Friedrich Nietzsche, the late 19th century German philosopher, remained much neglected for many years due to the unfortunate association of his thought with German Nazis. The whys and wherefores of how that misrepresentation came about is a matter for more erudite discussions and studies, as is his profound philosophical thought. For simpler minds like mine, what remains most compelling in his philosophical tenets is the central idea of “life-affirmation”~ that assertion to embrace the realities of this present world we live in rather than some nebulous idea of a world beyond. It’s an idea that so resonates with all those positive individual-centric, right-here-right-now kind of credos like ‘YOLO’ (you only live once) to ‘Carpe Diem’ (seize the moment) that keep doing the rounds and championing the creative ability of the individual to strive and rise beyond traditional social, cultural and moral contexts. These were revolutionary ideas for his times as they challenged traditional Christian thought and morality. To question dogmas, however widespread belief in them may be; to challenge all those precepts that drain “life’s expansive energies” and prevent the unfettered advancement of the human spirit ~that remains his fundamental revitalising philosophy that has inspired so many leading figures from all walks of life. And what lends even greater credence to his writings is the fact that for much of his life he himself remained in a condition of ill-health and often intense physical pain. As one biography puts it,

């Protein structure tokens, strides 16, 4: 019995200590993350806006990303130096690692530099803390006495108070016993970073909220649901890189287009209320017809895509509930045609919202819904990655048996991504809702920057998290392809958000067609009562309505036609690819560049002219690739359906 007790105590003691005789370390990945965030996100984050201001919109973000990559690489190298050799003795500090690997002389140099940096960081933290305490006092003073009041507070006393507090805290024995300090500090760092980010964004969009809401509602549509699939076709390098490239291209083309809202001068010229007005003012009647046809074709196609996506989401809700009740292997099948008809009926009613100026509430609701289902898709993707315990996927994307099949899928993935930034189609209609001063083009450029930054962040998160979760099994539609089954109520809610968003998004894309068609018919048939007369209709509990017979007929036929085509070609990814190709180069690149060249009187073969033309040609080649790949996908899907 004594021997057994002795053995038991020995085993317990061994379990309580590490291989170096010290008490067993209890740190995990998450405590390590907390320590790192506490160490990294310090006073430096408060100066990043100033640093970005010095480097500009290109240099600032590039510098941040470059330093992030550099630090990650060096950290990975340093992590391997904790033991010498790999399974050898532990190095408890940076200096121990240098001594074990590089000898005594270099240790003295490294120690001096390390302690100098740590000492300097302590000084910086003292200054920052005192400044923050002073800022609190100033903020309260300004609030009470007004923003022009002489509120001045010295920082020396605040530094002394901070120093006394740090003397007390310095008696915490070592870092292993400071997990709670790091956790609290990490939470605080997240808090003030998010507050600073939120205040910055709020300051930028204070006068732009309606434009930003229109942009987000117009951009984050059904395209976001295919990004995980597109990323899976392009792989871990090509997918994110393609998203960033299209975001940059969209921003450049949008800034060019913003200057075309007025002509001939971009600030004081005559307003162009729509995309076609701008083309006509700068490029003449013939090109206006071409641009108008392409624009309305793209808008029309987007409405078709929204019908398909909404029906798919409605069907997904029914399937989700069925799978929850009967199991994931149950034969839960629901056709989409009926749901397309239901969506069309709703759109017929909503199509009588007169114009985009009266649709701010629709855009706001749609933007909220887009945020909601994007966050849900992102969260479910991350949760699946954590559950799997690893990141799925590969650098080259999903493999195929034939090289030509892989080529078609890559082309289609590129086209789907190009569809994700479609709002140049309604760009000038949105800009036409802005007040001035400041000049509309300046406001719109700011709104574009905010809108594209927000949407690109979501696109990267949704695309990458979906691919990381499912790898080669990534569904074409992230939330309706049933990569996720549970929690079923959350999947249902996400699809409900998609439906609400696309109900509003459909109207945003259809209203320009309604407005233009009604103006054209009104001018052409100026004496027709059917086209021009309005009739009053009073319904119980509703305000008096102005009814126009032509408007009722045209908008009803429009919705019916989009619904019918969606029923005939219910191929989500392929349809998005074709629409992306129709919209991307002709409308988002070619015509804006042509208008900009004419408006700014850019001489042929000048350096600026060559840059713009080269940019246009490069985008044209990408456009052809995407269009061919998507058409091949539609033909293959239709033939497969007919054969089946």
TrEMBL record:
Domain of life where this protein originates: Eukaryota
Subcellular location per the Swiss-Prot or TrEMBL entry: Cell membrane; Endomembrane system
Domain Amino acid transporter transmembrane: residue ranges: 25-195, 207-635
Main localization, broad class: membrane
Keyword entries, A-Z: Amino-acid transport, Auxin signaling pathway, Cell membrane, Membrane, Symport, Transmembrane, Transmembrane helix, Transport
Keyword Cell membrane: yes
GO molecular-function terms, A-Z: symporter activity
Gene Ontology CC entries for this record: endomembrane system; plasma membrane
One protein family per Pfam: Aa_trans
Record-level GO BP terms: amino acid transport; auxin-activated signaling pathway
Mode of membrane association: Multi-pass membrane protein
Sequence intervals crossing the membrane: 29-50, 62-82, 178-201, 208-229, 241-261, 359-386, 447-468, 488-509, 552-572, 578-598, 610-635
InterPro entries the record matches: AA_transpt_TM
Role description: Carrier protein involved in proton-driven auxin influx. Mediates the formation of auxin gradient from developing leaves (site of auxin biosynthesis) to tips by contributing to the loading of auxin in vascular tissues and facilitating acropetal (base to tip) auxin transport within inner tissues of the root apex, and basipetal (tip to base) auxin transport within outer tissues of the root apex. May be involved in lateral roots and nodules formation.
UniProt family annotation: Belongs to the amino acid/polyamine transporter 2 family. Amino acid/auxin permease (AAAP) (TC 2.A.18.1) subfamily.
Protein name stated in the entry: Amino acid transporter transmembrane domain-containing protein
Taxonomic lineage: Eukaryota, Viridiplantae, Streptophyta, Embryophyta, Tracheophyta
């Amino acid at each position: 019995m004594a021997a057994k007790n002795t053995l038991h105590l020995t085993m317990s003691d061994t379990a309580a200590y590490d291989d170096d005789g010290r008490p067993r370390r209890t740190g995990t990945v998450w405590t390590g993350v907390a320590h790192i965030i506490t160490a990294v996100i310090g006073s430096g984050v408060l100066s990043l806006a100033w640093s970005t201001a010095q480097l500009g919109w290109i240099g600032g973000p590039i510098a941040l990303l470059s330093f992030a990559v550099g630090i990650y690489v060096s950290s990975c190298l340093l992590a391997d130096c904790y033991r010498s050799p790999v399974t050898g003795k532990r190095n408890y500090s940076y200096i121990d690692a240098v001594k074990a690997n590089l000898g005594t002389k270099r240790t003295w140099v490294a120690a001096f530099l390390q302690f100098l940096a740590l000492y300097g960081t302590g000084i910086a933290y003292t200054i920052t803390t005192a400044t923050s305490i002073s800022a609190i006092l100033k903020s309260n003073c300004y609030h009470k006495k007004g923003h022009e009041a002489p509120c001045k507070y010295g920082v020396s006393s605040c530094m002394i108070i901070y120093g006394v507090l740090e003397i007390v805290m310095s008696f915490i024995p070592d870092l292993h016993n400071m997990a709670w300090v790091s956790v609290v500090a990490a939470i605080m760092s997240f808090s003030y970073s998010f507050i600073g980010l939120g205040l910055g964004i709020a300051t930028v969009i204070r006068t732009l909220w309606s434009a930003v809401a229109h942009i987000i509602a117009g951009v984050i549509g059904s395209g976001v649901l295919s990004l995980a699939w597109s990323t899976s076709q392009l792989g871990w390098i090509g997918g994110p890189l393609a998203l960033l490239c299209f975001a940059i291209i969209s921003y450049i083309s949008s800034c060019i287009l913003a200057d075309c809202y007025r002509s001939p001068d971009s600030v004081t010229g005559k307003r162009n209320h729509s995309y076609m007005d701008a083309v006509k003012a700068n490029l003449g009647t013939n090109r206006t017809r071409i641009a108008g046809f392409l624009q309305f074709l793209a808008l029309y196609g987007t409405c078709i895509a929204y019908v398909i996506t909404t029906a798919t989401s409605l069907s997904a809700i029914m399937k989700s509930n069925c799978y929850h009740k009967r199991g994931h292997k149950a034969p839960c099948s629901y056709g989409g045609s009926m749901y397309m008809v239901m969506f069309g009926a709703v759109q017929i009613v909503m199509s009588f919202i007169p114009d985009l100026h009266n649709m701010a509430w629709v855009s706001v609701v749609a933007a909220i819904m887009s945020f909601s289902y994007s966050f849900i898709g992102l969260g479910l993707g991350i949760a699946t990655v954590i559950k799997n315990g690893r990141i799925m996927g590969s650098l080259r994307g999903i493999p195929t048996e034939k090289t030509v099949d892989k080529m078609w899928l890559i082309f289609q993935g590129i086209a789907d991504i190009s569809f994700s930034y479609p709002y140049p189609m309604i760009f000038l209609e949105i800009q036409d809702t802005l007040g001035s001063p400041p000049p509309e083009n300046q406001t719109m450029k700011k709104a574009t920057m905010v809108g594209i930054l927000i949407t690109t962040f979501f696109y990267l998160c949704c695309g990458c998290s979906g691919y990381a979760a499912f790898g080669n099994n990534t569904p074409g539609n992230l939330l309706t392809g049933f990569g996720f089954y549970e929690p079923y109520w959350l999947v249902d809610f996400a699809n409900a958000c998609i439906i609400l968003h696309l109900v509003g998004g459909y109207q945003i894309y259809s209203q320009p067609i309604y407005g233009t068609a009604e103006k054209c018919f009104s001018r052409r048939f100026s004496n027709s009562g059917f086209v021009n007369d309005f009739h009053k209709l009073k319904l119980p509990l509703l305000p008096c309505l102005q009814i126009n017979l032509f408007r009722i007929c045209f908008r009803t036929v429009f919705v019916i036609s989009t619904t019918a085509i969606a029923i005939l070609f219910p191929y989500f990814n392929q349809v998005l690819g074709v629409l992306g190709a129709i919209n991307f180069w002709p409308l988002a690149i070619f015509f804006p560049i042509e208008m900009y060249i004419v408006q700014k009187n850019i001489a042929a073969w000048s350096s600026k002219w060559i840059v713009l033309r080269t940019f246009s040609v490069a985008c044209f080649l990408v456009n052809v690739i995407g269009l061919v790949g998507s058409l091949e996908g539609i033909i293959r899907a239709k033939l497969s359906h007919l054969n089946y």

“Lesser people under the same physical pressures might not have had the inclination to pick up a pen, let alone think and record thoughts which — created in the midst of striving for healthy self-overcoming — would have the power to influence an entire century.”
In this context, one of his best known expressions of his affirmation for life is that clear exhortation in one of his works: “Amor Fati”…the Italian phrase for ‘love of fate.’ Of course for him ‘love of fate’ could never be a fatalistic resigned acceptance of all that is predestined. For him it was about finding ‘the beautiful in the necessary.’ To love ones fate is learning to love what is thrown at you, a proactive rather than a reactive response; to see life events not just as setbacks or issues, but just as they are with no judgements, no misconceptions; about finding life’s hidden rhythm and using that for strength as you dance through life.
Amor Fati…love your fate for it is your life!